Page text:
Santiago Felipe / Red Bull Content Pool
Say what you will about the merits of the high-octane club land energy drink, but it's impossible to argue with the quality of the music RBMA curates. Annually for the past 18 years, RBMA has created a pop-up music academic institution complete with lectures, recording facilities and an exquisitely programmed quasi-music festival. Though it's all backed financially by the deep pockets of the global beverage manufacturer, which for the fiscal year ending 2015 had global sales of over $6.6 billion dollars, according to Forbes, the RBMA is fueled by something more than just profits from beverage sales: stone-cold music legends.
Who among music fans can argue with RBMA's past choices? Any complaints with Giorgio Moroder, Brian Eno, George Clinton, Pharaoh Sanders, Nile Rodgers, Lee Scratch Perry, Philip Glass, Laurie Anderson, Ryuchi Sakamoto, Erykah Badu, Q-Tip, Rakim, D'Angelo, and Afrika Bambaataa? They've all strode through RBMA's pop-up halls partaking in lectures (i.e. interviews) discussing their inspirations and muses in depth and/or performing. That's all in addition to RBMA's 20 quick hit base camps it sets up across the globe, the annual month-long New York City RBMA in May and its recently re-launched digital radio platform which now streams 24/7.
While Red Bull, a privately held company, declines to discuss its financials, Billboard estimates the yearly confab with flights, room and board for 70 students, renovating buildings, building studios with recording equipment and instruments, setting up a radio station and bringing in talent and lecturers and staffing costs the company roughly between $3-4 million dollars. While it's hard to quantify the return on what is ostensibly a marketing investment, the press, goodwill and buzz the event generates is palpable.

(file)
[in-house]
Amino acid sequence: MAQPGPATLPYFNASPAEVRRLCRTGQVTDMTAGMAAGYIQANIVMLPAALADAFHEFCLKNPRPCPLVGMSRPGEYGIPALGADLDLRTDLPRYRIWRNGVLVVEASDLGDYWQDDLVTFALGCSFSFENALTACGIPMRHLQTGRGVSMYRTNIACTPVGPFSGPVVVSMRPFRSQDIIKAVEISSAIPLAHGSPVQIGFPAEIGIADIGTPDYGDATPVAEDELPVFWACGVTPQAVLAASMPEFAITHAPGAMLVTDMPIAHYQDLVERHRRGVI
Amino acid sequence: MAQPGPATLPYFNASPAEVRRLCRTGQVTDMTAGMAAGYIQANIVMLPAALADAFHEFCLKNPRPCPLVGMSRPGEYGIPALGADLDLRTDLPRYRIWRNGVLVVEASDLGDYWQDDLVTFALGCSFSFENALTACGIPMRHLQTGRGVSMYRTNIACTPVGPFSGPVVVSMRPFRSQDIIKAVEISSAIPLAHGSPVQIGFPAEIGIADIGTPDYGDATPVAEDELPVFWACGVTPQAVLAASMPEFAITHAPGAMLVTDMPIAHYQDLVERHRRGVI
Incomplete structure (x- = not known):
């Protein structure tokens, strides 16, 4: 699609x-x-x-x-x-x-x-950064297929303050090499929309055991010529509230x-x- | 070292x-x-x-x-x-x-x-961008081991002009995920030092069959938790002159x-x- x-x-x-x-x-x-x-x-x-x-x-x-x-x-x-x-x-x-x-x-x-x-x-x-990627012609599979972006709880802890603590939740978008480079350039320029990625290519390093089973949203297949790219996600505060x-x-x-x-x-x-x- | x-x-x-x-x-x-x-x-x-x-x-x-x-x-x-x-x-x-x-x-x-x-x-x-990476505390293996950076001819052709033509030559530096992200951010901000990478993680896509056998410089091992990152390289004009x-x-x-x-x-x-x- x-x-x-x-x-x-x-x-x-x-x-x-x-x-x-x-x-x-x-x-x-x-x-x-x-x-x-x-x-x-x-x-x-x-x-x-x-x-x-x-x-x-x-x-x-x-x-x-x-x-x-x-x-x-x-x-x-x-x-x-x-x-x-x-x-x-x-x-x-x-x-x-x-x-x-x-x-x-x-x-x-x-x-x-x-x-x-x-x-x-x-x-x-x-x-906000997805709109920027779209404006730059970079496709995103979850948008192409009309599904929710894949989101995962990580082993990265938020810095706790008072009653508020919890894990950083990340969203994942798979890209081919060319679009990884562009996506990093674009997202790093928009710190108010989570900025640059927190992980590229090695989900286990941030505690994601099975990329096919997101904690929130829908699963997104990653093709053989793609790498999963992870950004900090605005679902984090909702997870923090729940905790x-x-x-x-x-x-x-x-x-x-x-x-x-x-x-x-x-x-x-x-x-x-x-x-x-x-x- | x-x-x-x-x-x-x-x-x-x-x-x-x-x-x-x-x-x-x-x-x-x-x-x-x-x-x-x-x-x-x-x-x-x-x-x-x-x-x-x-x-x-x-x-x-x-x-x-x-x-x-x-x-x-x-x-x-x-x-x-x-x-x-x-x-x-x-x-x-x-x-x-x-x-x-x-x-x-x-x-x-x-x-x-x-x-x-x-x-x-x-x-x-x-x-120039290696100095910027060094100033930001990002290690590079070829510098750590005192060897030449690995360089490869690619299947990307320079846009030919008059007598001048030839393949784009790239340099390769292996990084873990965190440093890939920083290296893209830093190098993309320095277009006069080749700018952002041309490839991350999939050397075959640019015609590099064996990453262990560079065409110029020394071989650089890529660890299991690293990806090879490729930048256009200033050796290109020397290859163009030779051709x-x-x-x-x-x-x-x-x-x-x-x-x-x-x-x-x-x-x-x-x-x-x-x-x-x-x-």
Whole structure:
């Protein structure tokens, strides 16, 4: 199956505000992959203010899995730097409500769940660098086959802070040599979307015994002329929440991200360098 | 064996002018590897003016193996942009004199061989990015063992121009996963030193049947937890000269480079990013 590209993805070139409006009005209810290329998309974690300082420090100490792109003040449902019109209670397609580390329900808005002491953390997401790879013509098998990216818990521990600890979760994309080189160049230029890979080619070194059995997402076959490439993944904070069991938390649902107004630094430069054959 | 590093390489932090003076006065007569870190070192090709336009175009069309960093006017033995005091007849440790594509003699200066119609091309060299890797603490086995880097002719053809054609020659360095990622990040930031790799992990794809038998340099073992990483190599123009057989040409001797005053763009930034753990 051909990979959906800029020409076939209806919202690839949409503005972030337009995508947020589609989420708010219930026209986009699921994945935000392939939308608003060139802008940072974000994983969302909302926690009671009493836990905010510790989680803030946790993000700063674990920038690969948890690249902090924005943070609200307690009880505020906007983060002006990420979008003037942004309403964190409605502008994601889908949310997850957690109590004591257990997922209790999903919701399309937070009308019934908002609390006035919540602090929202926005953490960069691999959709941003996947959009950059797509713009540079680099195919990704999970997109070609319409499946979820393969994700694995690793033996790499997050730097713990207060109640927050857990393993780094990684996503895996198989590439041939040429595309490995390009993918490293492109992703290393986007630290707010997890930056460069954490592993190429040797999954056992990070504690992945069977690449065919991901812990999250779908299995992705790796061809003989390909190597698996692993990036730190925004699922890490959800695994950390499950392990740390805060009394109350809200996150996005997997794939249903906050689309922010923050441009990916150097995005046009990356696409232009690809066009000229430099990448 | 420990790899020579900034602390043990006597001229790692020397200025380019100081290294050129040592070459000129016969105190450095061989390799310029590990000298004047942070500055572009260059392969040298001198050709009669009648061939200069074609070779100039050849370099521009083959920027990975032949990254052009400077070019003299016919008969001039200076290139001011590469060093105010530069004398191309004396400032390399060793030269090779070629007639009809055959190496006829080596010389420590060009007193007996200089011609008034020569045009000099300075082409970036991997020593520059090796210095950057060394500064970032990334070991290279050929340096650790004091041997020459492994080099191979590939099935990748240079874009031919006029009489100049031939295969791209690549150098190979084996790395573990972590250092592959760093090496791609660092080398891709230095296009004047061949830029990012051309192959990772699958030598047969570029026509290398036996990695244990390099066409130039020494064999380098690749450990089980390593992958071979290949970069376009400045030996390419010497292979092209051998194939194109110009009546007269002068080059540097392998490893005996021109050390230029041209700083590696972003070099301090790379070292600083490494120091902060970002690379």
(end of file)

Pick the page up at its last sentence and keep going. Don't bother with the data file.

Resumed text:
?There's good reason why running into any of the 70 globally-culled students during the RBMA's two, two-week academic sessions is like running into a Price Is Right contestant who has just won the showcase showdown. Kids from Bangalore to Amsterdam to Angola are universally elated to be here, whether sitting in studio pods creating beats at 2:00 a.m. or eating excellently-catered meals or attending lectures and performances. In Montreal they are treated to appearances by Iggy Pop, Jimmy Jam and Terry Lewis, Win Butler, Dev Hines, Tune Yards, Alexander Robotnik, Thundercat, Just Blaze, DAM-Funk, Theo Parrish, Fucked-Up, Sampha, Kaytranada and Chilly Gonzales among others.
Santiago Felipe / Red Bull Content Pool
Though she politely declines to discuss the new album she is working on, saying it takes her years of hindsight to fully understand her work, Bjork now, at least, seems to have a handle on Vulnicura, which chronicled the dissolution of her longtime relationship with artist Matthew Barney. "It feels very different if the mountain is ahead of you and you feel paralyzed and you think, 'There is no way I will ever get over this mountain. There is like absolutely zero possibility of it. I have no legs, I have no arms, I have no energy.' That's what it felt like."
Now past the summit of heartache, Bjork has the luxury of time and perspective. "There's always a moment, maybe a year or two later, where I sit down and listen to it all back-to-back and try to make sense of it," she says. "It was literally like, 'Oh my God, I had no idea. I have actually documented the undoing of a relationship.' If I would have planned that it would have never worked. It would have just felt forced or strange or manipulative or self-indulgent or whatever but I was just writing songs and not really thinking about it."